Report On Quality Changes for 2010 Model Vehicles
Last Modified Date: November 17, 2009
Transmission of material in this release is embargoed until USDL-09-1400
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Thaddious Foster: (202) 691-6443 * Foster.Thaddious@bls.gov
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REPORT ON QUALITY CHANGES FOR 2010 MODEL VEHICLES
The value of quality changes for a sample of 2010 model year domestically produced passenger
cars included in the Producer Price Index (PPI) for October averaged $249.69, according to
estimates by the U.S. Bureau of Labor Statistics (BLS). This change represents 30.8 percent of
the average $811.69 increase in manufacturers' invoice prices for this year's models as compared
with last year's models.
The retail equivalent value of these quality changes averaged $271.42, representing 38.0 percent
of the average $713.99 over-the-year increase in manufacturers' suggested list prices.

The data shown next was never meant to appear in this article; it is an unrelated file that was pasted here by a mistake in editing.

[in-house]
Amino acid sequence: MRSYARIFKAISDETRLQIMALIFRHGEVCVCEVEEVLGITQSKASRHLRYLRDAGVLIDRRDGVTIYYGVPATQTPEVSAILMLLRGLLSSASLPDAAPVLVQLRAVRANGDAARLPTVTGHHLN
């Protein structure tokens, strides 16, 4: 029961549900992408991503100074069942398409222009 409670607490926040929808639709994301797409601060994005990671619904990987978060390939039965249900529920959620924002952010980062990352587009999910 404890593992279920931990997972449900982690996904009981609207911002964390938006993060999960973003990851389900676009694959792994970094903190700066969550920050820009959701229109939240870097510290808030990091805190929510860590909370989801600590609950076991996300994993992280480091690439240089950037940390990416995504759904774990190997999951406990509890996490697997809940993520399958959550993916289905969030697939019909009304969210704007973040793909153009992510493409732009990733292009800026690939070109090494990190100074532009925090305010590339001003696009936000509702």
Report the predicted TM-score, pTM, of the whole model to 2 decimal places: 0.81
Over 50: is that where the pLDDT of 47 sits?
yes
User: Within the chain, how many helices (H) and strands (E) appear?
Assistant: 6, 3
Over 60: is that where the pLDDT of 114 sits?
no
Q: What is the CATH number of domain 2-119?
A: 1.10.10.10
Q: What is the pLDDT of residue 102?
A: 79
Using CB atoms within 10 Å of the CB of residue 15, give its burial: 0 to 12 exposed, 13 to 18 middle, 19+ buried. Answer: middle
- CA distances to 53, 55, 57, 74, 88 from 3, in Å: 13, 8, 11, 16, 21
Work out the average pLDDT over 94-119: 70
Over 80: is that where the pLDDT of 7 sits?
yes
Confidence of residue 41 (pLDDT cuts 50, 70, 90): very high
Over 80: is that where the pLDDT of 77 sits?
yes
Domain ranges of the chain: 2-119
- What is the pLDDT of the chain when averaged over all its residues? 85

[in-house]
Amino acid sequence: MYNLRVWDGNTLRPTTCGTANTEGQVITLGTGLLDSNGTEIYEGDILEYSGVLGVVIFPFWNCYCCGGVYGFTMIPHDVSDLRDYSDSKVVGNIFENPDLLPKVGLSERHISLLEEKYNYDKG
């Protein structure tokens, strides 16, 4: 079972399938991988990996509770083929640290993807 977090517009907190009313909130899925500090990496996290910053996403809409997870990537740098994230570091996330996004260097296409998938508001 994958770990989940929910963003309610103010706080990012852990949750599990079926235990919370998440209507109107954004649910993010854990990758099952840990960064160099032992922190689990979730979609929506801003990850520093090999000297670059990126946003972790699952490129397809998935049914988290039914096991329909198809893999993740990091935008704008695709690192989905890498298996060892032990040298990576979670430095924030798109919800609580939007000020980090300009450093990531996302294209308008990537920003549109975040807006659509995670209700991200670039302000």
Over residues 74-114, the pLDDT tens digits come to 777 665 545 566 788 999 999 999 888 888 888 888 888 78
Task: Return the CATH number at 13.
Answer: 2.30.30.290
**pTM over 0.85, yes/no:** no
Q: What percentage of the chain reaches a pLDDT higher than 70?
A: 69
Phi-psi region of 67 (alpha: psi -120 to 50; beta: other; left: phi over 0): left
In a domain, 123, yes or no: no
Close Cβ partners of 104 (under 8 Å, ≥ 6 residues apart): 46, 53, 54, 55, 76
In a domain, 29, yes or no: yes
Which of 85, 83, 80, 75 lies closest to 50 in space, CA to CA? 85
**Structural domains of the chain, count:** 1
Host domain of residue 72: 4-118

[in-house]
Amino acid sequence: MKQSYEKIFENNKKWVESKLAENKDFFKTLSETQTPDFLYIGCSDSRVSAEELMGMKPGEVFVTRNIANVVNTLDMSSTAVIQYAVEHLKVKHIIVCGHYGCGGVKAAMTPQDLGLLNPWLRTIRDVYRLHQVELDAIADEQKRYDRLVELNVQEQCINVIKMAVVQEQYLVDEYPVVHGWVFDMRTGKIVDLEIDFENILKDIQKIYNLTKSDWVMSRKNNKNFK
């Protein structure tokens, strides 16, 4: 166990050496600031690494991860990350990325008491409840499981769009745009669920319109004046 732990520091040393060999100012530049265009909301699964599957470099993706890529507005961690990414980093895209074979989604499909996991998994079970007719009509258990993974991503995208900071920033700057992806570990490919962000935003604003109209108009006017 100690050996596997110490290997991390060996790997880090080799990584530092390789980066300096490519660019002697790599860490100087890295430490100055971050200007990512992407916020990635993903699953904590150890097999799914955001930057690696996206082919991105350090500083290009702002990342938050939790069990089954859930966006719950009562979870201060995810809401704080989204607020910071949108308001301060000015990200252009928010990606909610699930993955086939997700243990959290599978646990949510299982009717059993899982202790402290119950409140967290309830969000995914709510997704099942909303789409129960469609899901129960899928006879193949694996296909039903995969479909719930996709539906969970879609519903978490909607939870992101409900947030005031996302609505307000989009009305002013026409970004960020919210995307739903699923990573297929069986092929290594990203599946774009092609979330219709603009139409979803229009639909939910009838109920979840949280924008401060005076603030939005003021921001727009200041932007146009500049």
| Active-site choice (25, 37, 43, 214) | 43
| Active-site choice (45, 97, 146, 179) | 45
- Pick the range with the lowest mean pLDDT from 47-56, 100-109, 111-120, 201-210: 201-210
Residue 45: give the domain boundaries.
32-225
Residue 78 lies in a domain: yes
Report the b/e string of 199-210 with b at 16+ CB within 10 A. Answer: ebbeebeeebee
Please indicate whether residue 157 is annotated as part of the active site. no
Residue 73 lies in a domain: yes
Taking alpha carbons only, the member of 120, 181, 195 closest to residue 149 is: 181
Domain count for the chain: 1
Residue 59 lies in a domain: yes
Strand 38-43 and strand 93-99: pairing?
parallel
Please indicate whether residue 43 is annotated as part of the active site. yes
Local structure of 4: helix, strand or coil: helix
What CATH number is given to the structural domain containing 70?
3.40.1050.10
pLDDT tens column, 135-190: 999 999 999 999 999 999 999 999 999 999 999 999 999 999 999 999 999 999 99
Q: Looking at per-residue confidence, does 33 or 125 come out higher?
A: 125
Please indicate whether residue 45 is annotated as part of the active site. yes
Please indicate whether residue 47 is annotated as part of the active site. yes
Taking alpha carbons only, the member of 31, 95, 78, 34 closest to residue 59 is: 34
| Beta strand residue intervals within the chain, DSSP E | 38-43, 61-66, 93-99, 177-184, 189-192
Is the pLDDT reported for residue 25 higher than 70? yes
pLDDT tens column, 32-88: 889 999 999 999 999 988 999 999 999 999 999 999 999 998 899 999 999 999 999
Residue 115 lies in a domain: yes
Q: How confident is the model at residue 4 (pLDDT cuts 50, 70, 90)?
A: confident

The value of quality changes for a sample of 2010 model year domestically produced light trucks
included in the PPI for October averaged $(5.02). The average increase in manufacturers'
invoice prices for this year's models was $793.46 as compared with last year's models.
The retail equivalent value of quality changes for domestically produced light trucks averaged
$(2.92). The average over-the-year increase in manufacturers' suggested list prices was $752.81.
The $(2.92) estimated retail value of quality change breaks down as follows:
* $45.50 for mandated and non-mandated safety changes such as improvements to
headrests and airbags.
* $(48.42) for other quality changes such as changes in audio systems, powertrains, and
changes in levels of standard or optional equipment.
Estimates of the value of quality change are based on a review by the BLS of data supplied by
producers for similarly equipped 2009 and 2010 domestically produced models priced for the
Producer Price Index. Most of the estimates of quality changes in this release are derived from
information supplied for the Producer Price Index for October. These data also form the basis of
some of the new vehicle quality adjustments for the Consumer Price Index (CPI). However, it
should be noted that, effective with the release of data for January 1999, changes made solely for
the purpose of meeting air pollution standards are no longer considered quality improvements for
CPI calculation purposes.